“Now, each of these organisms have existed in the lab for years,” he continues, “but always separately.” No idea. “Which isn’t too surprising, since one is animal, the other’s vegetable. But now, this is what we’ve developed over the last couple of months.” He points at another green lump. “You see that little guy? Never existed on the face of the Earth before, that’s my baby. A simple vegetable cell, with an unmistakeable animal nucleus.”

Then Cable says, “Recombinant DNA?” so that Alec can be pleasantly surprised that she knows some science words. It could be seen as patronizing, but I think it’s a nice little step in his growing realization that Cable is smart and cool, so I’ll allow it.

“I am very close to developing a plant with an animal’s aggressive power for survival,” he continues. “A plant for the twenty-first century!” And that’s very silly as well, because obviously plants have survival skills; that’s why we still have some.

Oh, and just look at this shot composition. At some point, somebody told Wes Craven about the rule of thirds, and he wasn’t paying close enough attention.

Anyway, it’s replicating like mad, whatever it is, so the Hollands decide to go put the magic potion in something and see what happens. This time, they actually use a pipette to transfer the clearly radioactive substance rather than their fingers, which is nice.

Just when the drop hits the water, Cable leans away from it in case it explodes, because Adrienne Barbeau is the only person in the scene who remembers the sequence they shot yesterday.

And now it begins, this alchemical transmutation of science into fiction. Despite everything, Alec Holland has created a magic elixir out of everyday materials you find around the home, recombining elements from comic books and half-remembered science classes, which he will now unleash upon the world. Come back on Monday; this should be a blast.

Monday:
The very last moment of romcom
3.11: Interruptus


Footnotes:

If you’re wondering, Nanette Brown has two items on her IMDb page — Swamp Thing, and a bit part as “Reporter Brenda” in the 1993 zombie comedy My Boyfriend’s Back. According to the Headhunter’s Horror House Wiki, she now owns a gift shop in Beaufort, South Carolina.

Minor visual continuity error: Cable looks at the picture of a starving child, then looks up at Alec. In the next shot, Cable is standing in a different position.

And finally, the prop orchid that grows roots around the corner of the table is taken directly from the comics, as seen below.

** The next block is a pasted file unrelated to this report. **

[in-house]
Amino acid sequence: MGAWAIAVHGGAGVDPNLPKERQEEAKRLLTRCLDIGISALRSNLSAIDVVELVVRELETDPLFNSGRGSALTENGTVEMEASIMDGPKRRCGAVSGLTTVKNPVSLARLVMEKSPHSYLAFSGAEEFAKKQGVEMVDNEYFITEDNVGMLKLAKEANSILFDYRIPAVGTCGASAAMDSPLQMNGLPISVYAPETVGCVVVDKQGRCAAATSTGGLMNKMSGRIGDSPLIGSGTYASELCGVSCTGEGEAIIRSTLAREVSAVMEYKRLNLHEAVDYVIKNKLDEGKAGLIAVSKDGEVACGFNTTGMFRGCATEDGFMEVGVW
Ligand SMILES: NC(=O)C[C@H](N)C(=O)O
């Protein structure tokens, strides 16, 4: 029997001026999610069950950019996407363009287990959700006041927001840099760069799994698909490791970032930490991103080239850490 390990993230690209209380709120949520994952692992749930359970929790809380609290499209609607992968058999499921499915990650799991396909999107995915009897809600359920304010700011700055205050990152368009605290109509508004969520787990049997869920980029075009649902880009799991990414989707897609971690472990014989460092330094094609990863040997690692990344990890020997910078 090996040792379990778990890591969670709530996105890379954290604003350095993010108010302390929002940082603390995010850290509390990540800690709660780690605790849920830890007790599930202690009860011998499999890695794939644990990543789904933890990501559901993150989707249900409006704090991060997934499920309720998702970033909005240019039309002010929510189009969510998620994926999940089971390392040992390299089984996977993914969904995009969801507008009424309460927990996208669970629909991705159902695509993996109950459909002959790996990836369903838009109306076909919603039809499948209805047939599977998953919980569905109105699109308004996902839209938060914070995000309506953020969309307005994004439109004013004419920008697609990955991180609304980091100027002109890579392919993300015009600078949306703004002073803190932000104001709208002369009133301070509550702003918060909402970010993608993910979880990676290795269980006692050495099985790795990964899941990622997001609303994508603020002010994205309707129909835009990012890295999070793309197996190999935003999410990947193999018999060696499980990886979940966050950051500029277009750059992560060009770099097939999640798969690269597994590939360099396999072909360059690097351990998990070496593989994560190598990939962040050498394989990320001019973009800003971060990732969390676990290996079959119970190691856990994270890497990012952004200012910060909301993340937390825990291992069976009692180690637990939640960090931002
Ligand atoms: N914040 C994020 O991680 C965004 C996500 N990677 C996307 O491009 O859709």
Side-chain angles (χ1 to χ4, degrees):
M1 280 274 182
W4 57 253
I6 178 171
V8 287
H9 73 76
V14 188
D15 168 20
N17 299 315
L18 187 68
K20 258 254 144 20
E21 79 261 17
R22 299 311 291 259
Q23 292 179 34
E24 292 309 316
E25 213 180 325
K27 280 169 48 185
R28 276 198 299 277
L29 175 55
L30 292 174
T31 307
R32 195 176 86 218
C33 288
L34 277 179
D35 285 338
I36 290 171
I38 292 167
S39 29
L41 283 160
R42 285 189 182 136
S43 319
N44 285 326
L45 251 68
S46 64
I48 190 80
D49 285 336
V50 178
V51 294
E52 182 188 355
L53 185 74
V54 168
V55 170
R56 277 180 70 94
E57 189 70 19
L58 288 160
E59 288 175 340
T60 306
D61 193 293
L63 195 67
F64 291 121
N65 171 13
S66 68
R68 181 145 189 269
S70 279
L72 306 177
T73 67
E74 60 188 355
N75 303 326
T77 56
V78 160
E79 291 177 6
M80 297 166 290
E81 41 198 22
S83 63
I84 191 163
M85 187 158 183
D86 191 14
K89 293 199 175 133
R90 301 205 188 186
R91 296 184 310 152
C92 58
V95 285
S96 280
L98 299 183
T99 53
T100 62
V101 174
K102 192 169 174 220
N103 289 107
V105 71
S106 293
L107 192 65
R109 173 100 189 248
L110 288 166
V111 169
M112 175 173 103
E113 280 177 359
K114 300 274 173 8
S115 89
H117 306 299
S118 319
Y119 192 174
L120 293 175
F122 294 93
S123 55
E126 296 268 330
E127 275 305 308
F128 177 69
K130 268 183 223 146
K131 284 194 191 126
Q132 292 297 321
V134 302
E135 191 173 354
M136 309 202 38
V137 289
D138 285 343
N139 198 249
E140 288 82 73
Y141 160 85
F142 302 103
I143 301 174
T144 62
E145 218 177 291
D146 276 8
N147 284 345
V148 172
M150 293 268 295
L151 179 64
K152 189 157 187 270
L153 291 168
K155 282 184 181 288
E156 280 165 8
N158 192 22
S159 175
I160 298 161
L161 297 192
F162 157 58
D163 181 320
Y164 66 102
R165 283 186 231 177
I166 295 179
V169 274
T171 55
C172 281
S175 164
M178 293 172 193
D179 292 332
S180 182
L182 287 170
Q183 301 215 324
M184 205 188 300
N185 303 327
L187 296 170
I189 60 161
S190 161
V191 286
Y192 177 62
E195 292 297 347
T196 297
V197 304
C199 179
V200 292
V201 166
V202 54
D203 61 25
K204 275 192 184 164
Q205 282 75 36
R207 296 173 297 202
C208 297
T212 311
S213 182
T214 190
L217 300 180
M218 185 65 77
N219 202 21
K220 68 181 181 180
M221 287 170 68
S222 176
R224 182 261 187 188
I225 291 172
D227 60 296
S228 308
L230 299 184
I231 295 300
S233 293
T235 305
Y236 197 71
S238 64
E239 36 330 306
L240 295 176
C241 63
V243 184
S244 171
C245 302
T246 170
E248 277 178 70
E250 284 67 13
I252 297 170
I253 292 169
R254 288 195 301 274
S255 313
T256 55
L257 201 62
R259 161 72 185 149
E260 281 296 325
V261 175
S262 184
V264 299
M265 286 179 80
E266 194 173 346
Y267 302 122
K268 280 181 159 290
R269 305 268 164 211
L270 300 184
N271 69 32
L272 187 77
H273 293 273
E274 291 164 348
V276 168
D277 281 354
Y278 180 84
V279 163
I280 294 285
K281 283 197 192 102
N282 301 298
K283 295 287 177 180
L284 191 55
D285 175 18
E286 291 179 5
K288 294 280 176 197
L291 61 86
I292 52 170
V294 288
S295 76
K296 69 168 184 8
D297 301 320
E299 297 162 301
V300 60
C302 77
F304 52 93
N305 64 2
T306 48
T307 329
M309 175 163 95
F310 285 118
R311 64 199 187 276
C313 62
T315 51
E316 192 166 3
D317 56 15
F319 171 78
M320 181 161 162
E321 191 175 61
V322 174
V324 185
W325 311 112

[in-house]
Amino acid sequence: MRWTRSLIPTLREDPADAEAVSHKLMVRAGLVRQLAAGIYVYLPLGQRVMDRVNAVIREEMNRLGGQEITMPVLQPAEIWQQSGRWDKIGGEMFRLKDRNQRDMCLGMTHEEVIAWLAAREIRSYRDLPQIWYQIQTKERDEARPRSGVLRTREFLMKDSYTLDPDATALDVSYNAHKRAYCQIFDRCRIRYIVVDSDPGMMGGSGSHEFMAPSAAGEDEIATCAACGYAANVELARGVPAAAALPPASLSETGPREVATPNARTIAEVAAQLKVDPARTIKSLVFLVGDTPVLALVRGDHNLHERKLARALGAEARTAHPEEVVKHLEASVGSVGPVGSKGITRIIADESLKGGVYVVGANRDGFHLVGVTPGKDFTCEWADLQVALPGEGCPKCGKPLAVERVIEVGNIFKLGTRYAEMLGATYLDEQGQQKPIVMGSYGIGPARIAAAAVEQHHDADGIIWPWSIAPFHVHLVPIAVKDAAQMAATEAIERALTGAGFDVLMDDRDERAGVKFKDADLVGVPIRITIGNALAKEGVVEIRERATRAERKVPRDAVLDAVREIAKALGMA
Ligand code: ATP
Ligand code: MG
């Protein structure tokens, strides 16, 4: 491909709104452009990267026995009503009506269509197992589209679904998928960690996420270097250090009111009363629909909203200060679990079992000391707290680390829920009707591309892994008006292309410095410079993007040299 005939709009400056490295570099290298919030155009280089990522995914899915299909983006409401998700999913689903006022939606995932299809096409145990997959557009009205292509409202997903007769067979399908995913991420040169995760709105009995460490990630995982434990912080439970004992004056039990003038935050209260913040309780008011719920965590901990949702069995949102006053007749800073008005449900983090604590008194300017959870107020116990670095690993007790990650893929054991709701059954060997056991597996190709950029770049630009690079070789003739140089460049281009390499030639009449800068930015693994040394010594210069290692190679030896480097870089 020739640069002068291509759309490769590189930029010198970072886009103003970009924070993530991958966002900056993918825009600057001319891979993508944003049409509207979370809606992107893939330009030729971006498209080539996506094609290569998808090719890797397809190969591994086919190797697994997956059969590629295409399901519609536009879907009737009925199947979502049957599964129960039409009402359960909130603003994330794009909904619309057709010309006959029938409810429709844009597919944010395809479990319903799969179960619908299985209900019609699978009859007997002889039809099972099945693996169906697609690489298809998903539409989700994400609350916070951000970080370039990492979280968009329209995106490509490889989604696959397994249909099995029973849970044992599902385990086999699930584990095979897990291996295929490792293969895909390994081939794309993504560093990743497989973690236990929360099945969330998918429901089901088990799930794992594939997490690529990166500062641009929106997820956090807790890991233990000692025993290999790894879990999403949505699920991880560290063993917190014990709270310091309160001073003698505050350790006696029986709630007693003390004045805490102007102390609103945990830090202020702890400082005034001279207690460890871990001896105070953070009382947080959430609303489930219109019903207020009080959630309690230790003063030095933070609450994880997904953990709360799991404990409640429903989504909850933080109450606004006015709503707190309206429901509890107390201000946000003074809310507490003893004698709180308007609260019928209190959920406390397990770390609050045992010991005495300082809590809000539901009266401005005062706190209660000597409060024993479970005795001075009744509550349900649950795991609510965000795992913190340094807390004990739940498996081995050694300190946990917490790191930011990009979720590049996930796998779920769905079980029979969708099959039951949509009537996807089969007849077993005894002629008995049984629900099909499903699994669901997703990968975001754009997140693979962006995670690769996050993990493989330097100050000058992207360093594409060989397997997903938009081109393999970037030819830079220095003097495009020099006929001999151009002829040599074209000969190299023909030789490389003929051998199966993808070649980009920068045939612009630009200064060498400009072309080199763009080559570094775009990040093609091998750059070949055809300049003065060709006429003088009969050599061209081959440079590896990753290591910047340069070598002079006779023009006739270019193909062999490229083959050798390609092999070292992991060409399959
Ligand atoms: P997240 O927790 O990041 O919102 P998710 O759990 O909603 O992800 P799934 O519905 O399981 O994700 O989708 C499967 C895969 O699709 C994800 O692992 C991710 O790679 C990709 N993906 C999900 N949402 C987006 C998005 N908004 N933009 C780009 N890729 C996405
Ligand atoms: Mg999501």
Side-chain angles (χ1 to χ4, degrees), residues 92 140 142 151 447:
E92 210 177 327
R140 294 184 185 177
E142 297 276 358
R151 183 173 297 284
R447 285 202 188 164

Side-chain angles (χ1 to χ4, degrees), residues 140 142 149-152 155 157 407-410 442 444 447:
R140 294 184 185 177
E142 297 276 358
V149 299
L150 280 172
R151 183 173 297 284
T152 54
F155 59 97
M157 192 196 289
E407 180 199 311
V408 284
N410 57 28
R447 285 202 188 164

Monday:
The very last moment of romcom
3.11: Interruptus

Chapters

— Danny Horn

20 thoughts on “Swamp Thing 3.10: Let the Great Experiment Begin!

  1. Ah, Herbert West. Now *there* was a movie scientist!

    If this movie had skewed more toward superheroes and less toward swamp horror, then Linda probably would have gained the power to hurl explosive blasts with her fingers after exposure to the glowstick chemical. Imagine her fighting the Arcane pig-weasel at the end while throwing these blasts at it, all the while Cable was sneaking up behind it with a sword in order to skewer it.

    Liked by 3 people

  2. “there just wasn’t room for them to stand”
    The hot new thing in software engineering is the Daily Stand-Up Meeting. If you like feeling dismayed by techbro management babble, look up the term. Clearly these swamp science people, sophisticated enough to use laser sonic sensors, were WAY ahead of their time.

    “in order to get on the set”
    Wes was halfway through the book on how to set up shots, so nobody else realized that you’d need a place to put the camera and lights.

    “sticking her fingers into the fluid and then waggling them towards the floor”
    In this swamp, things are a lot more exciting than “hold my beer.”

    “I don’t know, make plants stronger or something?”
    To make them show up better on sector sensors, of course!

    “Also I don’t know what a plant matrix is.”
    See, that’s why they didn’t invite you to help them discover new single-cell hosts.

    “this should be a blast.”
    Big enough to put a hole in the floor of the Swamp Science Centre before we’re all done, I bet.

    “Linda probably would have gained the power to hurl explosive blasts with her fingers after exposure to the glowstick chemical.”
    Ladies and gentlemen, I smell a great sequel!

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  3. I have a vague recollection from high school chemistry about the teacher telling us about how we could use the same chemicals we had in front of us to make a substance that was stable unless put under pressure … such as throwing it to the floor which would then cause small explosions …eh, but I now no longer fully trust anything in my memory because we rewrite our memories every time we call them up to review them. Still, the teacher had a lot of stories about things that exploded because he had a school friend from college who like to blow things up and later became a demolitions expert in the military. So maybe my memory is correct.

    The good ol’ TRS80. I had a student job in a college biochem lab and that was the office computer. It was a single unit, PC and monitor, but not color. The admin assistant used it to write research grants and we students used it too. I learned enough of the then industry-standard word processing software, WordStar, to write my resume because that way I could easily print off multiple copies. This was before graphical software programs existed and you did all your formatting by knowing specific keyboard commands to do your formatting. (Things like the CNTRL + B command to bold an entry remnants of that age.) I had a computer, a Commodore Vic-20 but it had no printer so I’d type papers on my daisy wheel Olivetti correcting typewriter which was good enough for things that needed only a single copy.

    It’s interesting … the hopes scientists had at that time are the same hopes they currently have. It’s just taken decades to develop the technology to act on the knowledge. It’s not surprising some newbie moviemakers couldn’t realistically pull off the fiction of barely envisioned technology. I know we tend to think most everyone in this country is scientifically illiterate, but the general population has a much more scientifically informed view of the world than it did in the 1980’s. To better explain about how much more scientifically literate we all are now, I remember that in one of my undergraduate biology classes, the instructor was explaining the potential to use DNA evidence to solve crimes but said we couldn’t be sure the courts would ever allow such evidence and if they did the public might not ever believe or understand it. *shrug* Fortunately DNA evidence soon became a standard tool and most people had no trouble understanding the basics … except perhaps for the people on the OJ jury.